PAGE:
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Quote:
Originally Posted by pittsflyer View Post
They called those full time gaurd gigs, AGR positions and basically someone had to retire. I had a buddy who was on a wait list for one for, I think it was 4 years and only one slot opened and that was only because someone decided to go OCS and flight, so the list moved one person in 4 years. I got out before my buddy and he eventually got out as well because there was almost no mobility (perhaps that was just an issue with my state in specific though). Luckily for him he was past navy so he had his fed points. I just had a lousy BS degree in chemical engineering, a PE and working on another degree in EE/mathematics lol, no vet points no fed job lol, no fed job in the USA today makes you a mcgig job worker. Now fast forward like 16 years and he has a steady fed job and I am unemployed lol. Who knew that 20 years ago a gig in the navy would be more valuable than an engineering degree, I did not believe it when the recruiters said I could do both, perhaps because they were not willing to put it into writing and I really wanted to be an engineer and then move on to fight school. The military does not like to put stuff in writing though and I had an issue with that.

We had other reasons (none valid) that we went to iraq but big oil most certainly did benefit, BIG time. I dont think a private should be making those decisions but I think a base commander should decide if the effort gets his tanks or his F22's etc. Mostly I just hate sand and heat, I thought really, I am at prime military age and instead of globe trotting to an arctic enviornment we are in the squelcering heat with blowing sand, no thanks pass. Like the Templar did, they all got around a table and decided, there was no guy hiding in a back room issuing orders (ie the president). Our military is the best and most professional in the world and we are rotting from the inside because the actions of the military are heavily dictated by civilians which is a huge problem. The only exception is if the USA is being invaded then we all have skin in the game, but expeditionary globe trotting is another matter in my opinion.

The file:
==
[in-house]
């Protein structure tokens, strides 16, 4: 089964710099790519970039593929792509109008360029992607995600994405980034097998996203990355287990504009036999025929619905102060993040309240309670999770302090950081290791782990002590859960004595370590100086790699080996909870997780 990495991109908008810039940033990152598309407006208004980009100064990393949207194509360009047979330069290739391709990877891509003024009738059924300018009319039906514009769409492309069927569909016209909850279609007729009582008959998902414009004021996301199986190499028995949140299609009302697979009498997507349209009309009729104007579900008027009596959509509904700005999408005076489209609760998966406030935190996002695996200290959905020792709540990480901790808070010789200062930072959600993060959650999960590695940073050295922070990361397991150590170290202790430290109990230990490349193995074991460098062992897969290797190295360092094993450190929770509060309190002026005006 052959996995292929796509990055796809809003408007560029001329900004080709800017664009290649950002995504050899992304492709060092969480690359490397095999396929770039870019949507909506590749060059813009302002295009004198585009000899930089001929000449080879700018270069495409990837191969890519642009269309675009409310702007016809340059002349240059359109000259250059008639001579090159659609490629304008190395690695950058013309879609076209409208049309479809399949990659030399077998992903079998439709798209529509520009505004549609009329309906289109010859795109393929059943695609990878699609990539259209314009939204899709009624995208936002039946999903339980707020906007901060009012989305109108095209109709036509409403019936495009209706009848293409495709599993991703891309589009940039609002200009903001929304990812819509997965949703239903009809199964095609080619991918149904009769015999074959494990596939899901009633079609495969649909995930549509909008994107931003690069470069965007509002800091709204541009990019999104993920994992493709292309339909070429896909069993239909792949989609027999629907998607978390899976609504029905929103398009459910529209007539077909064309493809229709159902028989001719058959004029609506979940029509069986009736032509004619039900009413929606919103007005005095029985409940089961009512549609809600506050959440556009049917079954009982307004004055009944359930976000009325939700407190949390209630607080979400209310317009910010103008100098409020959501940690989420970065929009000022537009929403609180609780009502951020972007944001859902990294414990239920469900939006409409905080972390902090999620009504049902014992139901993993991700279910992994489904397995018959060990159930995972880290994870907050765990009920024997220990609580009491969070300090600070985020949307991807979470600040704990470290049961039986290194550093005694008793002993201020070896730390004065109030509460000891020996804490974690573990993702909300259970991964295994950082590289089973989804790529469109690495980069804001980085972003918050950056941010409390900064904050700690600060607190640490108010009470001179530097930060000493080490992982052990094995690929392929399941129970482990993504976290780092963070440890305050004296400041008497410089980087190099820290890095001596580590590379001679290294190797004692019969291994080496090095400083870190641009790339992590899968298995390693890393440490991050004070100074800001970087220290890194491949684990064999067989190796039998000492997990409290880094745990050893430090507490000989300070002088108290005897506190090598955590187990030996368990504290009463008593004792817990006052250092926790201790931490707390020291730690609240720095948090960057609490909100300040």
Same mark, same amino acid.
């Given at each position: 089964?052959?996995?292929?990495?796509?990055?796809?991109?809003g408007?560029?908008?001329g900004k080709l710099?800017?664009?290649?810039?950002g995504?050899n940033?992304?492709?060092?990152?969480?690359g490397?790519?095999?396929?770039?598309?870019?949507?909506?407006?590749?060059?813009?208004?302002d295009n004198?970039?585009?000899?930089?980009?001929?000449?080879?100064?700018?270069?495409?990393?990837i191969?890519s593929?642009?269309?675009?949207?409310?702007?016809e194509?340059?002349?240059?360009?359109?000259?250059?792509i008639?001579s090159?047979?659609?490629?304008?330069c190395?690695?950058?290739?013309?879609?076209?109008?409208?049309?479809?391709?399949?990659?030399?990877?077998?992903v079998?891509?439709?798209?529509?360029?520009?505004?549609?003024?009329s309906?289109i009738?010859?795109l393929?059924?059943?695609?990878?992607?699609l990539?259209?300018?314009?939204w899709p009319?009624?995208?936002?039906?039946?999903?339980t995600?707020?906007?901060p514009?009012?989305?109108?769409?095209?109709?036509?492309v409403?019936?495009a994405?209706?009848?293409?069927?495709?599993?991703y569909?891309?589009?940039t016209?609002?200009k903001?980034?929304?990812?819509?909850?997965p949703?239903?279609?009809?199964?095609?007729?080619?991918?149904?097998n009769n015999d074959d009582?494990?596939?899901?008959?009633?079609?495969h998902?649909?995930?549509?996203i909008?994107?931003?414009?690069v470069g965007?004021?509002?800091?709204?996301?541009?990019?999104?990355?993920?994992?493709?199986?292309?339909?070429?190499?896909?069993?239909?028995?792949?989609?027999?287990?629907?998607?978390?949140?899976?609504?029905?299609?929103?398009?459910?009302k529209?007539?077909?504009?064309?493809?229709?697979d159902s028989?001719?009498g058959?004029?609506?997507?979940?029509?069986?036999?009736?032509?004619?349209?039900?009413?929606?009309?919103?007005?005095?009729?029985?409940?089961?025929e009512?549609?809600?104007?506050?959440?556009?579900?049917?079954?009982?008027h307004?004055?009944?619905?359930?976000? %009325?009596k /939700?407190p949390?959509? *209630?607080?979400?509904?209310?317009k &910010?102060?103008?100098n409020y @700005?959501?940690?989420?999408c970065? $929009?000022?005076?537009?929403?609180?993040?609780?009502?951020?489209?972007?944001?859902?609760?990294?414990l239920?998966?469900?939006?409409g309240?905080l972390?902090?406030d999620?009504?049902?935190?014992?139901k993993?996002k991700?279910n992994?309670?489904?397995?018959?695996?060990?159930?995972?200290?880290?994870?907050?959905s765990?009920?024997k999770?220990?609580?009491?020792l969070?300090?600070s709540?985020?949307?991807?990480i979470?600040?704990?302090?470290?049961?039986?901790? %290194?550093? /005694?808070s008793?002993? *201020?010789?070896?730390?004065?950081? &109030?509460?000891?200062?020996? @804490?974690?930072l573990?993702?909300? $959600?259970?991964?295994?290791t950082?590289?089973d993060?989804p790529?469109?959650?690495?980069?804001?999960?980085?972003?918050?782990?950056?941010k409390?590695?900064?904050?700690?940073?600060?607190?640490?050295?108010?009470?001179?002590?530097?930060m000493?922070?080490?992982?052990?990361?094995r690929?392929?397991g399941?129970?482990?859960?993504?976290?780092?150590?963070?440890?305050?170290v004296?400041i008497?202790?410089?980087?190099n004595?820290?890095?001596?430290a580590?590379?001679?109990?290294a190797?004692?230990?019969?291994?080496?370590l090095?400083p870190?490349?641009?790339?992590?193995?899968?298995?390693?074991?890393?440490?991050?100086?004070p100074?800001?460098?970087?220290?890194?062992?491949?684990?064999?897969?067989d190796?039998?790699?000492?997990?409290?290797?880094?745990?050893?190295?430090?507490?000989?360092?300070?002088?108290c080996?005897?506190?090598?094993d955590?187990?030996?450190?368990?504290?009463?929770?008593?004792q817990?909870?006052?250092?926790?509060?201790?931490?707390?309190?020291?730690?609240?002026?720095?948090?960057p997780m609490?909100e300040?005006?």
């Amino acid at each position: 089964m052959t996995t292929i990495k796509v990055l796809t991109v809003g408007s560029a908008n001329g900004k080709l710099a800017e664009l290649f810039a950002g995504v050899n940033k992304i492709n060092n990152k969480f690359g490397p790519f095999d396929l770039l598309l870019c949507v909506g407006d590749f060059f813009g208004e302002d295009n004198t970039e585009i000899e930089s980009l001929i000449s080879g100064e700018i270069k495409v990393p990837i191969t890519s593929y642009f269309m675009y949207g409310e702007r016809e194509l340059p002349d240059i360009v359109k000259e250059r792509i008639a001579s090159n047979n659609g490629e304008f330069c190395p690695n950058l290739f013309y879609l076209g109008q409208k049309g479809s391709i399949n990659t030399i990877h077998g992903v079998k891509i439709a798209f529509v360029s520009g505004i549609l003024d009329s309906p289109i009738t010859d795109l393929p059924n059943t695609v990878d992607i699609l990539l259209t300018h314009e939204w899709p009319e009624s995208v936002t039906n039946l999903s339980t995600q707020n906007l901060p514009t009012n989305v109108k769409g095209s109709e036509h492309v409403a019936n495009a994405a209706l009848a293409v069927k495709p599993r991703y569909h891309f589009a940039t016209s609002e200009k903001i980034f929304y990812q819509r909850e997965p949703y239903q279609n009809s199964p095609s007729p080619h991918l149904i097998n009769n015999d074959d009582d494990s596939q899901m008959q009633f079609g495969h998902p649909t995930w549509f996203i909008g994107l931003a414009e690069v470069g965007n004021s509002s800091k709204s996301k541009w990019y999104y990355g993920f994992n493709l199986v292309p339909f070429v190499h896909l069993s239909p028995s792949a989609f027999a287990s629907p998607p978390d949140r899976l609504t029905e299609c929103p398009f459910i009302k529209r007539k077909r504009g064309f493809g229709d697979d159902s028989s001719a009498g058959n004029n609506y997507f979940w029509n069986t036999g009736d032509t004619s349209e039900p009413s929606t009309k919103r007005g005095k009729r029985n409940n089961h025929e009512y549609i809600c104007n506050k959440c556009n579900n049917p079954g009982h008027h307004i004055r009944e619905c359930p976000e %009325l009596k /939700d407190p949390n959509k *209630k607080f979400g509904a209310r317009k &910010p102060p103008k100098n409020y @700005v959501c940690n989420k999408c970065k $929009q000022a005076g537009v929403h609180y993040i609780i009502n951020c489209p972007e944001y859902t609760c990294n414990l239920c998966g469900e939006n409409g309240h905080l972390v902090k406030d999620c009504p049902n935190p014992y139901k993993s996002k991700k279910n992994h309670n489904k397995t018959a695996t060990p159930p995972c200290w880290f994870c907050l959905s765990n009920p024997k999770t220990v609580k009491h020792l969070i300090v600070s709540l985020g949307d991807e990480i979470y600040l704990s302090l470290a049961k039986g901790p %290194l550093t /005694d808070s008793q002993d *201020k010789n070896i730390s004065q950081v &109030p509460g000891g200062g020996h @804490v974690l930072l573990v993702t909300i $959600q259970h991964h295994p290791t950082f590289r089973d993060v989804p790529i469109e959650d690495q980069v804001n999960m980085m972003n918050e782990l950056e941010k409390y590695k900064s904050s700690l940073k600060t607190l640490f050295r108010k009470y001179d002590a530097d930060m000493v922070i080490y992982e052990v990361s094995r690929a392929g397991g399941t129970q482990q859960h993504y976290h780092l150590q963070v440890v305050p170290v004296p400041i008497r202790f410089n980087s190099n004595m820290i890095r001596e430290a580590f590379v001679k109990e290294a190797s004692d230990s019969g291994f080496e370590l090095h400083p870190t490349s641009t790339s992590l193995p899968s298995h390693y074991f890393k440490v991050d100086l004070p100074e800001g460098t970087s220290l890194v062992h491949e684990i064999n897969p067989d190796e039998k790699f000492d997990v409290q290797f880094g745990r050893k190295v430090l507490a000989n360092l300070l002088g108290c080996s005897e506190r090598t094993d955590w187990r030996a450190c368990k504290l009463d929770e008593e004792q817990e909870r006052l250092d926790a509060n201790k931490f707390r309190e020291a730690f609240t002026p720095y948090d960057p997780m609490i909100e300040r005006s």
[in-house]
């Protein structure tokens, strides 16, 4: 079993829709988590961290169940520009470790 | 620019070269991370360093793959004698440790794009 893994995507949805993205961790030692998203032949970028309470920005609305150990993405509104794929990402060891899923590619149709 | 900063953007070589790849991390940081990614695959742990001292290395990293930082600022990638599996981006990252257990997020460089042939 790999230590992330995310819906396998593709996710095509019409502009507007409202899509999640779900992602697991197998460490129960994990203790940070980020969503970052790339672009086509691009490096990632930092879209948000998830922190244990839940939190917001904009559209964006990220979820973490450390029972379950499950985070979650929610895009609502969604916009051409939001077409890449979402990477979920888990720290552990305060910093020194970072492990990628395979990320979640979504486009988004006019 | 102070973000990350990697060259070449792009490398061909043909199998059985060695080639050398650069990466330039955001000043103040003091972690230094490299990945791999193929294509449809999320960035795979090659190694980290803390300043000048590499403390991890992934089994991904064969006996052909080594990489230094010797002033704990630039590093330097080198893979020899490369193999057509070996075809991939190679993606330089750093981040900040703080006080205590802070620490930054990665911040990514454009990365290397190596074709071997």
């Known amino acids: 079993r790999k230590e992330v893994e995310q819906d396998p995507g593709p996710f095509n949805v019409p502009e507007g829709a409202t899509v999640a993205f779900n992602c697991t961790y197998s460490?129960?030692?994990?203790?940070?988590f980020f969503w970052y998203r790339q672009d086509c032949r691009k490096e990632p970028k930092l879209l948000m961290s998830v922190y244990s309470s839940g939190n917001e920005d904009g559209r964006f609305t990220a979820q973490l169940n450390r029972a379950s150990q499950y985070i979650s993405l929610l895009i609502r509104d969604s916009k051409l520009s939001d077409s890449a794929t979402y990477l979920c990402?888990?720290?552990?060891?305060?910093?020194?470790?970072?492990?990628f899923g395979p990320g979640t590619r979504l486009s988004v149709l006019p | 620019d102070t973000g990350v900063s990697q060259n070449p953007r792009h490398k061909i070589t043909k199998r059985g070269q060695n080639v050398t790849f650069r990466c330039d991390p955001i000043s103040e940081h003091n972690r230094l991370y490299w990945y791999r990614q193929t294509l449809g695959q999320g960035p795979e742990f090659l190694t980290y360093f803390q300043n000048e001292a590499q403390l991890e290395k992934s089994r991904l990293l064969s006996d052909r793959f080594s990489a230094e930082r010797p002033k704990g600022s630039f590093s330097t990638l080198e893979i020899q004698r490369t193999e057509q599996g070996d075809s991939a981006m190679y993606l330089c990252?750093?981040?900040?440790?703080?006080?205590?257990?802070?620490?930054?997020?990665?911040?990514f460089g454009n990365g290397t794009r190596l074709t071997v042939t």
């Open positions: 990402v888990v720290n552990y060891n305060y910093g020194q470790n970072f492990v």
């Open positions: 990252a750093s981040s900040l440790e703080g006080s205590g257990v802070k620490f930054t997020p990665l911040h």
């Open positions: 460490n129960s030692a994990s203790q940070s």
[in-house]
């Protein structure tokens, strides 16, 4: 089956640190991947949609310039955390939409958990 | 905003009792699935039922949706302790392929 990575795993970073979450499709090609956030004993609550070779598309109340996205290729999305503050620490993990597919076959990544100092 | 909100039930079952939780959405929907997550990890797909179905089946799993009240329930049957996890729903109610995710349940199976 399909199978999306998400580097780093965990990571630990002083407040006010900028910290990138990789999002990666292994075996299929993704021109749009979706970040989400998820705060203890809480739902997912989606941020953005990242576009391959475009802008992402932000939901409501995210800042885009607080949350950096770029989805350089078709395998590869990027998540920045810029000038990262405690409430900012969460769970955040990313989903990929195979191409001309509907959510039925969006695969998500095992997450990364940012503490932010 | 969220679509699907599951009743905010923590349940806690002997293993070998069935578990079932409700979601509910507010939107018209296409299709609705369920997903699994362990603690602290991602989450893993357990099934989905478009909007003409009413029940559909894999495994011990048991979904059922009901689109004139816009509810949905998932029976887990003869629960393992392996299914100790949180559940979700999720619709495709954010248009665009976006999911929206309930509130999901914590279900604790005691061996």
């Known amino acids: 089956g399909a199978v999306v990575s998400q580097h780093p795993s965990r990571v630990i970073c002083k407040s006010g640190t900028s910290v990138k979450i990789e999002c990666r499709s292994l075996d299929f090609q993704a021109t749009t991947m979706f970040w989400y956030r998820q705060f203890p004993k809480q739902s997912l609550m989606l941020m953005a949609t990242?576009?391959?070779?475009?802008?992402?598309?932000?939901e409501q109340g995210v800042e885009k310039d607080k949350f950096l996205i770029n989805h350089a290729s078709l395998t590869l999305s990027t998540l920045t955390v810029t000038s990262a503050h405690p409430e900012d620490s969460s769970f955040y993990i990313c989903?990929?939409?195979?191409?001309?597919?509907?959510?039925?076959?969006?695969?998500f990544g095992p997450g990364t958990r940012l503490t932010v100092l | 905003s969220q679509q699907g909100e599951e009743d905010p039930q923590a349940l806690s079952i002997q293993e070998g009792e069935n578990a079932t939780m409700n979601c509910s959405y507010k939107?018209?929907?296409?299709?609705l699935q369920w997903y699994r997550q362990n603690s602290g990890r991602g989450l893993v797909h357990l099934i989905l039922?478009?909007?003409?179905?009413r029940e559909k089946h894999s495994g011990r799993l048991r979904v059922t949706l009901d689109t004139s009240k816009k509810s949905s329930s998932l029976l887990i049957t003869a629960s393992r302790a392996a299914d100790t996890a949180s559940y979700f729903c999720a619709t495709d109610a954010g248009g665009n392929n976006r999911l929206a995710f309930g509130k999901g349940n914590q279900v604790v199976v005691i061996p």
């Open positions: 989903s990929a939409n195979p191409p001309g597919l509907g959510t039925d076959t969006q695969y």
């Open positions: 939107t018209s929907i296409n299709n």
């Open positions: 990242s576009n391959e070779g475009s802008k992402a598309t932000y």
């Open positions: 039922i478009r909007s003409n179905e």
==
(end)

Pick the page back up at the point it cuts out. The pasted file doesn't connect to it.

If I were smarter and had it to do over I would have volounteers for a 6 month gig in afghanastan before I got out of the guard, got my vet points and been on my way. Who would have known that we would be in a decade long depression where a 50k a year fed job was so coveted lol.
I was not AGR. I was a dual status soldier. I was a federal employee. I worked for the Army National Guard. Most of these are logistic in nature meaning they were there to support the part time force by repairing equipment. Some of them are IT in nature. Not everyone can get them true. But I never heard of a wait list. The system requires you to apply for the positions whether they are ARG or technician.

We as a military have to be accountable to our civilian authority or we become a North Korea.

I wish you would have known me while you were in. I could have assisted you in finding a way through the trouble you found. I helped many soldiers find the right mixture of fun and seriousness. I think that is why it took me 30 years to become a 1SG.